Concussions don’t affect kids’ intelligence: University of Calgary study

Calgary –

A study led by the University of Calgary has found that children’s intelligence is unaffected by brain injuries, which is good news for parents of children with concussions.

research, Published in the medical journal “Pediatrics” Taken Monday from emergency room visits at children’s hospitals in the United States and Canada.

“Parents always ask, ‘What’s going to happen to my child?’ There are a lot of worries in the world right now,” said Dr. Keith Yates, a professor in the university’s psychology department and lead author of a pediatrics paper.

“People are very concerned about concussions and we are happy to share the good news with parents that we are not seeing any changes in children’s IQs or intellectual abilities as a result of these injuries.”

Yeates is an expert on the consequences of childhood brain injuries such as concussions and traumatic brain injuries. He was involved in two of his previous studies that provided data for the most recent study.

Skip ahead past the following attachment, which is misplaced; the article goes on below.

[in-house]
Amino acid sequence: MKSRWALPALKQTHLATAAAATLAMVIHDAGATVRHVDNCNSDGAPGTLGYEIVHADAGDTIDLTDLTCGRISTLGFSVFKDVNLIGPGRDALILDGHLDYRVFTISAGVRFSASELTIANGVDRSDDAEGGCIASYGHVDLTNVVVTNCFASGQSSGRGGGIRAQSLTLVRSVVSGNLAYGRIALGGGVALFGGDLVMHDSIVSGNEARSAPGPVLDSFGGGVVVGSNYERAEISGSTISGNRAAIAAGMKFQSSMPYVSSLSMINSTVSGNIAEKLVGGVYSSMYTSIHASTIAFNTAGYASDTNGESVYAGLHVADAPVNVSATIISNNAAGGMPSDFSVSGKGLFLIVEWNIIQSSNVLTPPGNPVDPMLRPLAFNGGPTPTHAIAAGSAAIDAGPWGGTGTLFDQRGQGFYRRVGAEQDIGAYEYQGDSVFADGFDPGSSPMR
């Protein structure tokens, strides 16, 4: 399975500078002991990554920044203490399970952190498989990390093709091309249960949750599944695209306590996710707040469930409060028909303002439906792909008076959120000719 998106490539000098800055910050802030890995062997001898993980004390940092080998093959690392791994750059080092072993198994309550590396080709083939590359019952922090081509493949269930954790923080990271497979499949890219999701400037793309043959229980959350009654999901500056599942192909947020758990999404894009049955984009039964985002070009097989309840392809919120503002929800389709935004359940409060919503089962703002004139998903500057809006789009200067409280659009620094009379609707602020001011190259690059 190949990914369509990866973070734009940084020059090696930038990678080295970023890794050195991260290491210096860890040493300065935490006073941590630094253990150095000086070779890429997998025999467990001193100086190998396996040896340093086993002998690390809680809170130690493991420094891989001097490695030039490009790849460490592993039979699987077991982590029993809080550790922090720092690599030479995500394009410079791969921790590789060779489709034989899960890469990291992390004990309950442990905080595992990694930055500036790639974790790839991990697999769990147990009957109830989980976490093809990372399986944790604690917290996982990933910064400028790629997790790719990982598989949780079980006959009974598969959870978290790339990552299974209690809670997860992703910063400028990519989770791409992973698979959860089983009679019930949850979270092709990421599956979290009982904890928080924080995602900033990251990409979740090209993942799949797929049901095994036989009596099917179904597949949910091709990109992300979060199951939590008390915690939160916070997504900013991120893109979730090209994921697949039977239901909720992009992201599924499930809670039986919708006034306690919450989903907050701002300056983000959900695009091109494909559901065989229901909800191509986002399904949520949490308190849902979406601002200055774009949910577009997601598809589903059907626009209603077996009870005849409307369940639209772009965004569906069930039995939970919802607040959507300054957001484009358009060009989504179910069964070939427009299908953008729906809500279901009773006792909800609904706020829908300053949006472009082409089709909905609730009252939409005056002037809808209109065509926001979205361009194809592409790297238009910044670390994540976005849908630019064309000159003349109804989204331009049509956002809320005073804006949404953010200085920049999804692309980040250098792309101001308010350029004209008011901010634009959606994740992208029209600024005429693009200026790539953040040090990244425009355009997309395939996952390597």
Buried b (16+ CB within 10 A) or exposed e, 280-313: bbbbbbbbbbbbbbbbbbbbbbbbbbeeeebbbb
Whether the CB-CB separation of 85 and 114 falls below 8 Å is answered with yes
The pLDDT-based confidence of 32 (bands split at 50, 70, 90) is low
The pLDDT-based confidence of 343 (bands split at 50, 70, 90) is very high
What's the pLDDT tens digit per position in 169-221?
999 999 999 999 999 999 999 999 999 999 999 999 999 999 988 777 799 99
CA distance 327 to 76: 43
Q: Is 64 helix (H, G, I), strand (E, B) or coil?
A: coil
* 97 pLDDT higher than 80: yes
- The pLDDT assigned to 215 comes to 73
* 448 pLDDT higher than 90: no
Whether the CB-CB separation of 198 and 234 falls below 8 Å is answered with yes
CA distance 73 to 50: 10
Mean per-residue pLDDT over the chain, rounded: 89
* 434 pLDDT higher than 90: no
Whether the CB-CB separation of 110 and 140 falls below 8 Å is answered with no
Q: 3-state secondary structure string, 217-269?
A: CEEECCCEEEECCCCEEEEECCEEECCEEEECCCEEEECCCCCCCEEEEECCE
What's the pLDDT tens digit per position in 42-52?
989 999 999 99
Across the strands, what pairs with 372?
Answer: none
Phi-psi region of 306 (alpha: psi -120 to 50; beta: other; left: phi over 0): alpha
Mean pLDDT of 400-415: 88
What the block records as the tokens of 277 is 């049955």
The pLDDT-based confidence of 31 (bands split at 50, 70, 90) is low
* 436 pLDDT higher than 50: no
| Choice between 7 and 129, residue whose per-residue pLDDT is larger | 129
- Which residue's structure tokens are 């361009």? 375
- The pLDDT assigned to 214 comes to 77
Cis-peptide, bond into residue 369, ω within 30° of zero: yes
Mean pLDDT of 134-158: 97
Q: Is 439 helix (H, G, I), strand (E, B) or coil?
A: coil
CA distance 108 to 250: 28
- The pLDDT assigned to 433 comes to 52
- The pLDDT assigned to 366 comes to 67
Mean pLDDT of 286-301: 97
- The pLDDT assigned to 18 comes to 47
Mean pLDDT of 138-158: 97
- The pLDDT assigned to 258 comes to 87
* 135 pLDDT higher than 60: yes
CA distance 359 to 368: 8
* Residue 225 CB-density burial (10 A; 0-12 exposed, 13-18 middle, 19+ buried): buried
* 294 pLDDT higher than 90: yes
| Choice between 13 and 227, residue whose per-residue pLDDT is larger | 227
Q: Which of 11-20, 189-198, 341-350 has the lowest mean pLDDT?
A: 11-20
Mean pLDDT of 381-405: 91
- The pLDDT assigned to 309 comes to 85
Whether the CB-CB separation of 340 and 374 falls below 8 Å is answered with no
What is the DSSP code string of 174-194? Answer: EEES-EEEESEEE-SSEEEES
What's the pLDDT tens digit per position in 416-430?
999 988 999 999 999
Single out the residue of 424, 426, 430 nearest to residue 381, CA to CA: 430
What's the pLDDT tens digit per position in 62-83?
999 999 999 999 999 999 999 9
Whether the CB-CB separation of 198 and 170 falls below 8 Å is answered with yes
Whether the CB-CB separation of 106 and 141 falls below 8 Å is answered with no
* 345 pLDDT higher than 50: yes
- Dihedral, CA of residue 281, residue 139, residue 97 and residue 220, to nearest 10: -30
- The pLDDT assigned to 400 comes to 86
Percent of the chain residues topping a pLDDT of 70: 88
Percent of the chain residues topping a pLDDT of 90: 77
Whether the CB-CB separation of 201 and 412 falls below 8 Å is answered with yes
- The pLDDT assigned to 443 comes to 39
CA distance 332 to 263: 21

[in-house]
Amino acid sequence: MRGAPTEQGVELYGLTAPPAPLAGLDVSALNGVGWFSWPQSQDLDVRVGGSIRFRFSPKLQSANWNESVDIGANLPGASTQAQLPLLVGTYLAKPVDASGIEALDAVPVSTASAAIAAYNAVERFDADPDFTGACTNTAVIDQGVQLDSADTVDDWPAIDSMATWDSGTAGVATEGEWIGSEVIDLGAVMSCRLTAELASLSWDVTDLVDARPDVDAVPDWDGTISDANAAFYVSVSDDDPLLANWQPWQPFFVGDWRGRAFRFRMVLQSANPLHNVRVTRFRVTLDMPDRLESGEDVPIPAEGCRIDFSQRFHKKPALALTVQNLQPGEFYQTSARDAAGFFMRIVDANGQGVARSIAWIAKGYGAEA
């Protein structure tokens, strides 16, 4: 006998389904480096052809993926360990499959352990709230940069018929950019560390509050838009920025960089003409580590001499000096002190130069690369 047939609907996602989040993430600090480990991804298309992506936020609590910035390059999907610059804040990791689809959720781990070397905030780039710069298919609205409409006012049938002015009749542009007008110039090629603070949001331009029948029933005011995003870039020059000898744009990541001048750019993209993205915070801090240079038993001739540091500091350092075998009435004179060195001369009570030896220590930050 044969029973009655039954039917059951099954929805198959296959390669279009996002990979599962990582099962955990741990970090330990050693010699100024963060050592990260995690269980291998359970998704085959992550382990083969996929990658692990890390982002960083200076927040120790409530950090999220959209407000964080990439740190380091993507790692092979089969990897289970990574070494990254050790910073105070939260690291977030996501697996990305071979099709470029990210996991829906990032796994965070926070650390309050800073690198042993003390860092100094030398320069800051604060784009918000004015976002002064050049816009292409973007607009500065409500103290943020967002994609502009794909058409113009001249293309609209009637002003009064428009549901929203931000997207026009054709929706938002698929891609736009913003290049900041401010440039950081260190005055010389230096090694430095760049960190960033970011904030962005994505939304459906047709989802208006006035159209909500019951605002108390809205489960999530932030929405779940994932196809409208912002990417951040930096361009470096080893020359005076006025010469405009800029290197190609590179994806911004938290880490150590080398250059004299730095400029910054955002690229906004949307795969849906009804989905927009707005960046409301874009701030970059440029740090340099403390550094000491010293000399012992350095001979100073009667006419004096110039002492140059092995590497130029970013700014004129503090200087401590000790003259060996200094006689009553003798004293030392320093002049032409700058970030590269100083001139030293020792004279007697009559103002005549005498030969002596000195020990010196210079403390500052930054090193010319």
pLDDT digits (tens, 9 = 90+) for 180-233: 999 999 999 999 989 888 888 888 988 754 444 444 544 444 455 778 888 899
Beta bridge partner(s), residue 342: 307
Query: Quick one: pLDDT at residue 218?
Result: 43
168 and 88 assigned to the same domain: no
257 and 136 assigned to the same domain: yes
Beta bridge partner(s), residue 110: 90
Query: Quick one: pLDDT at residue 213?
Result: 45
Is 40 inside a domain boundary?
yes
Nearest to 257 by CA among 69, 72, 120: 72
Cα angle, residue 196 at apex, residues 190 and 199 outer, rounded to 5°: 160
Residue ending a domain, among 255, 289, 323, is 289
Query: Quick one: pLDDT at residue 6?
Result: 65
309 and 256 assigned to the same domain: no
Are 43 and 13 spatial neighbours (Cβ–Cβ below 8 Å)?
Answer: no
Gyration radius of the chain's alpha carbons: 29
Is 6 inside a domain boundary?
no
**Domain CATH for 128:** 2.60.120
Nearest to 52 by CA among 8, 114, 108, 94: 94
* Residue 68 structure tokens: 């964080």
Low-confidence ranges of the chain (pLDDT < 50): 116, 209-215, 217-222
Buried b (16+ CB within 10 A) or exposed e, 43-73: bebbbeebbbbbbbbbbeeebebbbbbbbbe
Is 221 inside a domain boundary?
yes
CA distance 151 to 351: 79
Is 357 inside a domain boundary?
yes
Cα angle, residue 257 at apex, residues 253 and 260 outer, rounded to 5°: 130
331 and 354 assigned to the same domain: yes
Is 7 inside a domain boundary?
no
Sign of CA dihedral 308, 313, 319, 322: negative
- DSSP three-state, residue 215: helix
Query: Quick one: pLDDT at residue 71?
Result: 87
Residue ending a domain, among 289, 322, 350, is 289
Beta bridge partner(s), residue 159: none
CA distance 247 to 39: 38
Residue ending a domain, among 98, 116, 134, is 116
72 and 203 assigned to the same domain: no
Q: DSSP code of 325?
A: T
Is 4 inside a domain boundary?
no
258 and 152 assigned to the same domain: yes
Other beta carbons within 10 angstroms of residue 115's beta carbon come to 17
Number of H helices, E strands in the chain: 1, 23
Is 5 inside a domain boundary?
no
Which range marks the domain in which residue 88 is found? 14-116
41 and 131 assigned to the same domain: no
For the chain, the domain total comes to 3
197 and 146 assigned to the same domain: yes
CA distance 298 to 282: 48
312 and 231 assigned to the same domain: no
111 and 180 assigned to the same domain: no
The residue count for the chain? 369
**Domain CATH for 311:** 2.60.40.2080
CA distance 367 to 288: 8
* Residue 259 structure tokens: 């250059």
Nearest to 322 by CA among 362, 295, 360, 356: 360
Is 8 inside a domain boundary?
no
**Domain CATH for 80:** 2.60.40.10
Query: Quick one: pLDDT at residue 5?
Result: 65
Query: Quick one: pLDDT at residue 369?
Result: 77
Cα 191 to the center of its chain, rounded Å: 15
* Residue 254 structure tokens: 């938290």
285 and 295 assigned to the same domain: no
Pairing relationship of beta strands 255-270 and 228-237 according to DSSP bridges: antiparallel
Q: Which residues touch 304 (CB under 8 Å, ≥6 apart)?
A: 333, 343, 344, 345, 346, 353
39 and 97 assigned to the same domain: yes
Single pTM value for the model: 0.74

“We included the IQ test because it was a very standard result and we wanted to be able to account for our sample. I realized that I could ease my concerns a little bit.”

The study compared 566 children diagnosed with concussion with 300 children with orthopedic or musculoskeletal injuries. The children’s ages ranged from 8 to 16 years and were collected from two previous studies.

Children with orthopedic injuries were included as a comparison group to consider other variables that may influence IQ, such as demographic background and experience of trauma or pain.

Canadian data were collected from children’s hospital emergency rooms in Calgary, Vancouver, Edmonton, Ottawa, and Montreal between 2016 and 2019.

In a Canadian hospital, patients were given IQ tests three months after their injuries.

The US cohort was studied at two children’s hospitals in Ohio, where patients underwent IQ testing 3 to 18 days after injury.

Yates said people in the study were generally not hospitalized, and brain imaging showed no signs of damage.

But they are still injuries, Yates said.

“These concussions are the kind of injuries that athletes get, just like people get hurt when they slip on ice and fall and hit their head,” he said.

“It’s not that concussions have no negative effects, but they didn’t affect IQ, even though many of them still suffered from many of the problems that can result from concussions.”

Yates said a concussion is different from a severe or moderate traumatic brain injury that lowers your IQ.

This report by the Canadian Press Agency was first published on July 17, 2023.

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